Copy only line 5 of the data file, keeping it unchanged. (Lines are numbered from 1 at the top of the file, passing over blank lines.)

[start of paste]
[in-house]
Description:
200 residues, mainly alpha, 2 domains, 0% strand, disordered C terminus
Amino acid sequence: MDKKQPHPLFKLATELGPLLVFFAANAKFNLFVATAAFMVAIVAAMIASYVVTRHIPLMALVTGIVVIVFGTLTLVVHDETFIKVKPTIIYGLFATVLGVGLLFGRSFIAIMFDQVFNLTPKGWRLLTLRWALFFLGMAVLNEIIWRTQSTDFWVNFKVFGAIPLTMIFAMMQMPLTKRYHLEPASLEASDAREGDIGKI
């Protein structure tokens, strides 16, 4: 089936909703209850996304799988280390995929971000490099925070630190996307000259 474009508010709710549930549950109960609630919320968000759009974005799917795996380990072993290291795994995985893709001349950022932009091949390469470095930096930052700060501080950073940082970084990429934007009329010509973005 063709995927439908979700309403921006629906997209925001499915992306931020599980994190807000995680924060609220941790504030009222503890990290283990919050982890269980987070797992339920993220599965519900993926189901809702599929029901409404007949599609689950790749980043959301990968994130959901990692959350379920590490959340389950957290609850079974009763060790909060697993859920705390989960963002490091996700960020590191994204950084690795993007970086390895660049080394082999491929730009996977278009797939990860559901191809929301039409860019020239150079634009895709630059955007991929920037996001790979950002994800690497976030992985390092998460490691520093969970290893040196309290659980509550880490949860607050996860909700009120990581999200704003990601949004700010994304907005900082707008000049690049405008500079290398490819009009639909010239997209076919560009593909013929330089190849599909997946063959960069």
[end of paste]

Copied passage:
């Protein structure tokens, strides 16, 4: 089936909703209850996304799988280390995929971000490099925070630190996307000259 474009508010709710549930549950109960609630919320968000759009974005799917795996380990072993290291795994995985893709001349950022932009091949390469470095930096930052700060501080950073940082970084990429934007009329010509973005 063709995927439908979700309403921006629906997209925001499915992306931020599980994190807000995680924060609220941790504030009222503890990290283990919050982890269980987070797992339920993220599965519900993926189901809702599929029901409404007949599609689950790749980043959301990968994130959901990692959350379920590490959340389950957290609850079974009763060790909060697993859920705390989960963002490091996700960020590191994204950084690795993007970086390895660049080394082999491929730009996977278009797939990860559901191809929301039409860019020239150079634009895709630059955007991929920037996001790979950002994800690497976030992985390092998460490691520093969970290893040196309290659980509550880490949860607050996860909700009120990581999200704003990601949004700010994304907005900082707008000049690049405008500079290398490819009009639909010239997209076919560009593909013929330089190849599909997946063959960069």